Goals.

I’m not a bucket list person. But I am motivated by a challenge. And I love the outdoors. I’ve only recently sort of slid into this “see as many National Parks as I can” thing. But now it’s a thing I’d like to do. Before this week, I visited 10 of the current 63 U.S. National Parks in the National Park Service. As of today, my total is up to 14. 49 to go. And, they add new parks every year or two, so I need to step up my game.

Lori has a National Park Geek sticker on her car’s roof-top carrier. So, of course, I wanted one. I got the pin 🙂

I now am starting work on an itinerary, and on Monte to join me, for a long road trip to see several of the National Parks out west. Stay tuned.

Back home again.

Wednesday morning we left Little Rock bright and early, and drove to Hot Springs National Park. This year is the park’s 100th birthday.

Apparently bathing in the warm mineral spring water was a thing in the early 1900s. This was a popular destination for rehabilitation and convalescing. It’s a surprising location for a National Park; eight grand bath houses in a row along the main drag of Hot Springs. Each full of century-old spa-equipment, dressing rooms, ornate gathering rooms, and large front porches.

Bath house row.
Some of the original springs. And fountains placed to dispense the spring water. It really is warm, right out of the ground.
A trough where spring water is fed to the bath houses.
Spas of yesteryear.

Four days. 1700 miles. Four National Parks. Seven states. $4 in cash left in my wallet. Time to go home! We made it to Austin Wednesday evening.

Another adventure in the books. I enjoyed all of it.

Above the trees.

Tuesday morning we got up early and drove to Great Smoky Mountains National Park. It is the most visited National Park, with over 12 million visitors a year. And it is stunning.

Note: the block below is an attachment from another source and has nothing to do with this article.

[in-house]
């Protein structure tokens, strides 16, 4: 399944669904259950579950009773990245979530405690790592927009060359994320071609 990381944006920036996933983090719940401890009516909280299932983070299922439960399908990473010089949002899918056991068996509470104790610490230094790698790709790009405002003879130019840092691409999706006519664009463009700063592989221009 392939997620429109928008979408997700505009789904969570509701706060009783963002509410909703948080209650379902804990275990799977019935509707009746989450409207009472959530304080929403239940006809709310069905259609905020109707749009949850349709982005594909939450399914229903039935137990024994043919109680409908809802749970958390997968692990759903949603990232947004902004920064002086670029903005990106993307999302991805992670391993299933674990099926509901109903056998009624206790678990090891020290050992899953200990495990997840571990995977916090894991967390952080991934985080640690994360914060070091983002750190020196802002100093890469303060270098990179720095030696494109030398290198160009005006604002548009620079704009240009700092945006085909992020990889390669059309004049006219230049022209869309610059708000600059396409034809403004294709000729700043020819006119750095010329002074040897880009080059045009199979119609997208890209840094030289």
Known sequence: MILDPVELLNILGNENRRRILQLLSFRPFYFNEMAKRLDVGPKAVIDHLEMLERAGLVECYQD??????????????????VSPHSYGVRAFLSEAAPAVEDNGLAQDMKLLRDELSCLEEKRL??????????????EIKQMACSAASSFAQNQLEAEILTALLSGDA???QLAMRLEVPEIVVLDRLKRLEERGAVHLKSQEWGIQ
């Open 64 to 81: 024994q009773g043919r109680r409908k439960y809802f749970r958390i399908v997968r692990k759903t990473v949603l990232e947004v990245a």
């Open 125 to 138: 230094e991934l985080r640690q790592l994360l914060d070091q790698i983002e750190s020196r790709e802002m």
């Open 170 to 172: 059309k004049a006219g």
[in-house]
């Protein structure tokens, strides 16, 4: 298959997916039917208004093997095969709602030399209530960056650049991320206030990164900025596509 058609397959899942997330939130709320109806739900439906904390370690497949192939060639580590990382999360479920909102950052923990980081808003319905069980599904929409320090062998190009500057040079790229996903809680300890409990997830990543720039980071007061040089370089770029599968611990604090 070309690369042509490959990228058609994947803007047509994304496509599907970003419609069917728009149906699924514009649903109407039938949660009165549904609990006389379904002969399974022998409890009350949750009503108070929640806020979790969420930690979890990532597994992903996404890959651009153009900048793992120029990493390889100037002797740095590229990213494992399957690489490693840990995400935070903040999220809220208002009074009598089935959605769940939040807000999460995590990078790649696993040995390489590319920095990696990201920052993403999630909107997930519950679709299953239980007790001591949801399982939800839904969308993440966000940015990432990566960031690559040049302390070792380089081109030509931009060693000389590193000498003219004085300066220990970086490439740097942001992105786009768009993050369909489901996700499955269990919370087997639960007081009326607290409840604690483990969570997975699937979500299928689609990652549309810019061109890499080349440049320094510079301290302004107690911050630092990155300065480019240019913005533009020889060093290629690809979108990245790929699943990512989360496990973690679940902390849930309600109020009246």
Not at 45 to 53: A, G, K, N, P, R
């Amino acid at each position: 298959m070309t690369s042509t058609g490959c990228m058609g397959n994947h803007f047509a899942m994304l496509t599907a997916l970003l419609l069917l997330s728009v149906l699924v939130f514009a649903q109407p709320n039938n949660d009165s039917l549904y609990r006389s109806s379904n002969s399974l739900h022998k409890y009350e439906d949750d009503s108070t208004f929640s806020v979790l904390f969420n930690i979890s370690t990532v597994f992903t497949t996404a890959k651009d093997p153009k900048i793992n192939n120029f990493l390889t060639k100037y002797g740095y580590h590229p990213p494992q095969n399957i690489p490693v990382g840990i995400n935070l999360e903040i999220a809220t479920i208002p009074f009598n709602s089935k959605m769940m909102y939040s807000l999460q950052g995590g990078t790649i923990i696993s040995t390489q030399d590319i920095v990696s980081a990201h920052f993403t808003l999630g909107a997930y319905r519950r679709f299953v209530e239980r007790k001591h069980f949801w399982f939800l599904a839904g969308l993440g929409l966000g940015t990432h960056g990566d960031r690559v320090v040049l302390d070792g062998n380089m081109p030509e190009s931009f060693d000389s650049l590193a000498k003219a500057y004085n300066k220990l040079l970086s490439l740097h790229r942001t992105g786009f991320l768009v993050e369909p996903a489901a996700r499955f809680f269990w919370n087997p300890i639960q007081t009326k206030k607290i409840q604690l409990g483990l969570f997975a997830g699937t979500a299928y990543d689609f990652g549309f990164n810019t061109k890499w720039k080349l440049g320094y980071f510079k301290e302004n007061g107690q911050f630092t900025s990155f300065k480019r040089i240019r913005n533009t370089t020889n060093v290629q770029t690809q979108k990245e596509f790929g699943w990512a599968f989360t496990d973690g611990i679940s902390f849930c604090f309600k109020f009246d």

We made it up to Newfound Gap overlook, which lies on the Tennessee/North Carolina State line, as well as the Appalachian Trail.

I’ve hiked the Appalachian Trail (100 feet of it!)
Standing in 2 states at once.

Then we drove up to Clingman’s Dome and walked up the steep climb to the observation tower for 360 degree views above the treetops. Clingman’s Dome, called Mulberry Place in Cherokee, was sacred to them. It is 6643’ high – the highest point in Tennessee.

View from Clingman’s Dome.
Clingman’s Dome observation tower.

After the park, we drove another 9 1/2 hours to Little Rock. One more National Park and then home tomorrow.

Goals.

I found a poster on-line featuring scratch-off tiles for each of the 62 U.S. National Parks.   When you’ve visited one of the parks, you scratch off the gray-tone image for it to reveal a more colorful image beneath.   After framing the poster, I counted the parks I’ve already visited and was surprised that I have logged 10 already – without even trying!  I don’t really have a bucket list, but I certainly would love to see more of these national parks, especially those throughout the western part of the country.  Road trip!?

I bought it here, if you want to check it out for yourself.  Thanks to Monte for the handsome frame.  🙂